Although many of the full-service software solutions available come with a high cost, there are also newer, cheaper alternatives that can still offer excellent service, integration and accessibility, without the hefty price tag. Many of these disrupters of the software market recoup their costs elsewhere, allowing the savings to be passed down to the HR professionals and DSPs who rely on them to complete their business to the best of their ability. 

Leveraging relocation software solutions, whether they be expensive or affordable, is an easy way to bring your business considerable long-term cost savings. You will find that by spending less time on menial tasks, now automated by technology, you will be able to provide a better and more efficient service for both your managers and assignees. 

4 – Partnering

Think about partnering with providers on the ground for many of your needs when planning global relocations. Still, too many global mobility professionals flit between service providers depending on the needs of each relocation. Although this may be necessary some of the time, most of the time, it is not. Find good quality, efficient and reliable people on the ground and stick with them. Partnering like this can provide discounts in the long term and also increase efficiency, as terms of service are organised between yourself and the providers.


“Now there is so much more focus on cost reduction (and avoidance), as well as providing a more strategic and consultative approach. I think this is applicable to both internal mobility teams, as well as RMC’s.”

Mike Ferguson – Client Services Director at BGRS


It is also worth looking into other areas, outside of the regular service providers where you may also be able to partner. For example, if you are sending many assignees to the same location from around the world, some schools may be able to offer you a discount for repeated business. 

5 – Tracking

The importance of tracking the costs associated with a relocation as time goes on cannot be overstated. Although it may be time-consuming to regularly check in on the development of prices in certain areas, it is essential for proper cost management. In fact, many of the software solutions available to global mobility professionals will now perform some of the tasks associated with these for you, reducing the labour cost significantly. Monitor your costs, see where unexpected increases are happening, and address them, but also see where unexpected savings are being made, and capitalise on them. 

6 – Reviewing

After the assignment has finished, take some time to look through how the relocation progressed from beginning to end and observe how the costs changed over this time. Creating a timeline showing how expenses evolved over time can be a great help, to evaluate how successful the relocation was, and how much it cost the business in the end.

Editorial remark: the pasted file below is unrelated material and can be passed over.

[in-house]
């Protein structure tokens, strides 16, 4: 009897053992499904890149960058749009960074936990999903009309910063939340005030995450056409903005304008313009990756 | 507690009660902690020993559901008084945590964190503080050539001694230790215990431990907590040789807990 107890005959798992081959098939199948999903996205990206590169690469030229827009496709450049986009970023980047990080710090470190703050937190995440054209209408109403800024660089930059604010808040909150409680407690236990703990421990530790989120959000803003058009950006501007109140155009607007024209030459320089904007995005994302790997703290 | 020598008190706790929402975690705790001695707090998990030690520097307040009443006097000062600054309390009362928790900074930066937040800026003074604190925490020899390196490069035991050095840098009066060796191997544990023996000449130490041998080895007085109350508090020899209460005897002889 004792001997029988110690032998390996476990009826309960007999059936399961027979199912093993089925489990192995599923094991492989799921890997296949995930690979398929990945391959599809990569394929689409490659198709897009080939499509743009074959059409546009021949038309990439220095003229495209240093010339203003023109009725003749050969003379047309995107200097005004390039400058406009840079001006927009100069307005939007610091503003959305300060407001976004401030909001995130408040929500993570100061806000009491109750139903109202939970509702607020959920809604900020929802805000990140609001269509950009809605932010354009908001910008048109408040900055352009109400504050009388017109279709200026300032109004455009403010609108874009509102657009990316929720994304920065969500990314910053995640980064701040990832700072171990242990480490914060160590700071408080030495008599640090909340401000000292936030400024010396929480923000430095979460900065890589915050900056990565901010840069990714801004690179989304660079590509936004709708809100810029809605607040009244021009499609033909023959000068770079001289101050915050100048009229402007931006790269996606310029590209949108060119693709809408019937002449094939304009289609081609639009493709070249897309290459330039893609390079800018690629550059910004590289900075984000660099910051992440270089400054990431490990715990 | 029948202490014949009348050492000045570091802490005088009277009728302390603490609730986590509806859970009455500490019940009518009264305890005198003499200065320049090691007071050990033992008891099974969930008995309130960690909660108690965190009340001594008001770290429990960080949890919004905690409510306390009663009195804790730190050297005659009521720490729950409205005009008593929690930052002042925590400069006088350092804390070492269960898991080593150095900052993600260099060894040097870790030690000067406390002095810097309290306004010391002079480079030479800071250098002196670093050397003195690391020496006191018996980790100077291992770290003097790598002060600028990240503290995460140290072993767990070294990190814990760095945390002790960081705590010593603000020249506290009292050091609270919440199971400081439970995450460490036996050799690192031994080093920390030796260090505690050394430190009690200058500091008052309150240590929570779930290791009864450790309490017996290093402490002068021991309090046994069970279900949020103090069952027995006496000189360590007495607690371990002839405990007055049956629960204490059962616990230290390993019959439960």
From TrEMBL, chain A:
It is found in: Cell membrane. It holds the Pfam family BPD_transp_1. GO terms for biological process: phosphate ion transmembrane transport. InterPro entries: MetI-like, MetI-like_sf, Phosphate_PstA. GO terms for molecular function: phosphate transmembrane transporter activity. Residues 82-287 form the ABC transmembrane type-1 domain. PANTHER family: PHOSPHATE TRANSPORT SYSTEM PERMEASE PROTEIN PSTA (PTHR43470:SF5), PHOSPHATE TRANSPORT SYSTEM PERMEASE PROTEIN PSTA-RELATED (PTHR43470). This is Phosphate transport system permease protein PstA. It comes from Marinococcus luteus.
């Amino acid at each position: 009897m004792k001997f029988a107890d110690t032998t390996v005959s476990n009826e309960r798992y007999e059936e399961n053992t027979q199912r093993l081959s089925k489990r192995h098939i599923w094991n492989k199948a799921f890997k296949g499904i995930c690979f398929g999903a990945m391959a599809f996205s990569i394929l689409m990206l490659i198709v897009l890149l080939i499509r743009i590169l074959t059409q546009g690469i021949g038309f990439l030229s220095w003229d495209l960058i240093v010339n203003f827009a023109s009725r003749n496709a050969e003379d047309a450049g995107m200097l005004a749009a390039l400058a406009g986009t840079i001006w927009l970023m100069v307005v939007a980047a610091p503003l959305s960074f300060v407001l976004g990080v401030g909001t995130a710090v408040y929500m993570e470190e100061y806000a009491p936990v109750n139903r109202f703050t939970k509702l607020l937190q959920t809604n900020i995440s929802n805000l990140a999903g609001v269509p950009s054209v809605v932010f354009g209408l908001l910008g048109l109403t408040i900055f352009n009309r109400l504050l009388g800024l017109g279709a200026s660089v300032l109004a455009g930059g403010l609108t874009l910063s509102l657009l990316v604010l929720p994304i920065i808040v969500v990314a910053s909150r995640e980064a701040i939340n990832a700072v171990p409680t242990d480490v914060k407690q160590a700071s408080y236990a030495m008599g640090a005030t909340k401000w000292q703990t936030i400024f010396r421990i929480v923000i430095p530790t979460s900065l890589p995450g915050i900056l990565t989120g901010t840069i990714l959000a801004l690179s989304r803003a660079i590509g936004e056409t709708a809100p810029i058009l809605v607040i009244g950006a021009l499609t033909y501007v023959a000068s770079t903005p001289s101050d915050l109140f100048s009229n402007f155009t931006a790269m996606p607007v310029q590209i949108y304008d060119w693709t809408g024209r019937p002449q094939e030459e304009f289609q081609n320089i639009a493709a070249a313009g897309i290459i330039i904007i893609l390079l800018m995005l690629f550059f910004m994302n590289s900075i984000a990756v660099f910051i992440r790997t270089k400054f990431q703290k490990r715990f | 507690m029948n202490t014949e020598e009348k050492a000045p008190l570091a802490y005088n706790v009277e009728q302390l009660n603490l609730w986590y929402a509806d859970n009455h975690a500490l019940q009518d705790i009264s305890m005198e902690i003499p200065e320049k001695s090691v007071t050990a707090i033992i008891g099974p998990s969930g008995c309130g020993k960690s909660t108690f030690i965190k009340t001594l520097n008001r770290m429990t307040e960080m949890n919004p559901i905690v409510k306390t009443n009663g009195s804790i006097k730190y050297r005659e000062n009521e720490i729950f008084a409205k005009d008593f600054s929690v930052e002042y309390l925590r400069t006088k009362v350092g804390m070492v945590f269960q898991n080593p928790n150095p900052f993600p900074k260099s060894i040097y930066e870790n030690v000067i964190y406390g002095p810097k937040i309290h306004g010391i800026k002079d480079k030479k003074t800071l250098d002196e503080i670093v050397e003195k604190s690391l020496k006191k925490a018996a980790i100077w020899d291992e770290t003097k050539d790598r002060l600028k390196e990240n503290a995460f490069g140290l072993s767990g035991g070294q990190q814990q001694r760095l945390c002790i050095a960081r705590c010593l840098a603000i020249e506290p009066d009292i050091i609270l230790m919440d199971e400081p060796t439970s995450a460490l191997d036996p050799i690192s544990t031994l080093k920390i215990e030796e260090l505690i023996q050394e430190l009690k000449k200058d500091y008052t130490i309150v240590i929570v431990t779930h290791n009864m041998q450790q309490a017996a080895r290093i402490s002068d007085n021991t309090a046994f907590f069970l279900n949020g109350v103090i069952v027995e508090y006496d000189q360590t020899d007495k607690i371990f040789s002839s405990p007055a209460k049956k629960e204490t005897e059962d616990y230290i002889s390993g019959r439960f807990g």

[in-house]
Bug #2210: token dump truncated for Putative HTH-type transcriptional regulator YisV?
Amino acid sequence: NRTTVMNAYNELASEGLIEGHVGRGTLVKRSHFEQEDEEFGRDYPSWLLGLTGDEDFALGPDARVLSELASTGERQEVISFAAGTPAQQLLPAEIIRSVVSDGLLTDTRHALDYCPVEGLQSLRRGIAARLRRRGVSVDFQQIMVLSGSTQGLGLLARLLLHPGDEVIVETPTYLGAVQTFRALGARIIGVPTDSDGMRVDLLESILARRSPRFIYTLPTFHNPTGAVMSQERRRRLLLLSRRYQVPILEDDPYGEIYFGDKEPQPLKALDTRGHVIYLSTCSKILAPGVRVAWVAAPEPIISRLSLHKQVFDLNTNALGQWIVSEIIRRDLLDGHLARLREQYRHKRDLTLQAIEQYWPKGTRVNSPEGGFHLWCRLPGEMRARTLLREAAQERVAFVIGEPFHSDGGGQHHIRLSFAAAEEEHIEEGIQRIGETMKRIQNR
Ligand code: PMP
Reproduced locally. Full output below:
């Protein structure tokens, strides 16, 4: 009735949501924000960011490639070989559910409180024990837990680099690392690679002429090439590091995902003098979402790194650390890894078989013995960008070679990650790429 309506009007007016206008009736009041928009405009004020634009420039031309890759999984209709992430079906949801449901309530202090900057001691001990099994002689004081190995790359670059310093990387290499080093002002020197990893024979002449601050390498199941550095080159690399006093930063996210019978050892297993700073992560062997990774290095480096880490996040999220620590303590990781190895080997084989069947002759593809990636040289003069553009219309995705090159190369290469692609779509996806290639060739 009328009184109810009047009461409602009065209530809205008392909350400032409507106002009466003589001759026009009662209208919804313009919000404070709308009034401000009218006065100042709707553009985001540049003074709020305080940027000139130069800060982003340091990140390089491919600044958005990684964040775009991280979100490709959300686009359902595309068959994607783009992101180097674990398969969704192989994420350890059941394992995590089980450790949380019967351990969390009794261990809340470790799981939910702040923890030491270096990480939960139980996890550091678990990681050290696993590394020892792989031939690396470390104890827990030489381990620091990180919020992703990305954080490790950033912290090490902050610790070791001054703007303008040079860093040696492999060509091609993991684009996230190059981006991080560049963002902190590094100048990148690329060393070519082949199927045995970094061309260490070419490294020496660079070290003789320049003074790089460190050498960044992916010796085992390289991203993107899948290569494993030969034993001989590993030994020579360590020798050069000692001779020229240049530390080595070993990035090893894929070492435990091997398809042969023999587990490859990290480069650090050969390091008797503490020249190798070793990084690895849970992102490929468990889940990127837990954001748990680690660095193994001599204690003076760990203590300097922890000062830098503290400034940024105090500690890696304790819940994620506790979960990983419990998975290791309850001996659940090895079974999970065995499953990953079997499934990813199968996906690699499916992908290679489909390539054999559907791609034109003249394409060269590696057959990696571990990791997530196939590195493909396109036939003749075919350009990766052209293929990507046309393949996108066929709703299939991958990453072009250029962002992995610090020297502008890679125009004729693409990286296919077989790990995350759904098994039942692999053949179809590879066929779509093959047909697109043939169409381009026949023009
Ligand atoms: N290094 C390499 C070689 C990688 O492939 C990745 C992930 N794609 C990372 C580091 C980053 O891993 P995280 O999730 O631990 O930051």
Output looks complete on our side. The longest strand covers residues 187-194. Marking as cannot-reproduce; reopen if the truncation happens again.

“[We are seeing] an increase in flexible allowances, the need for greater pipeline and talent planning and of course the need for cost saving (given increased number of global assignments).”

Louise Jones – Head of Global Mobility at DLA Piper


A good way to review is to create a standard reviewing template, with the same sections and necessary information included each time. This will ensure that the document can be assembled as efficiently as possible, and allows some direct comparison between assignments. Managers and other stakeholders will also often appreciate easily digestible and standardised documents, as they are easy to read and understand. 

7 – Re-evaluating

After each review has been completed, it should not be discarded or filed away never to be seen again. Reviews are valuable insights into how relocations and their costs progressed and should be learnt from. Think about how the whole process of the relocation went, and see if there were any situations which arose that could or should have been planned for. Reflect on whether any new standard procedures should be created to tackle any issues, and whether any potentially rare situations could be avoided in the future. After all, you are sitting on the most valuable data your company could have to tackle upcoming global moves, the history of your relocations and how much they cost the company. So much more data is available and accessible, but it is this information which is directly applicable to you and will allow you to make the biggest savings.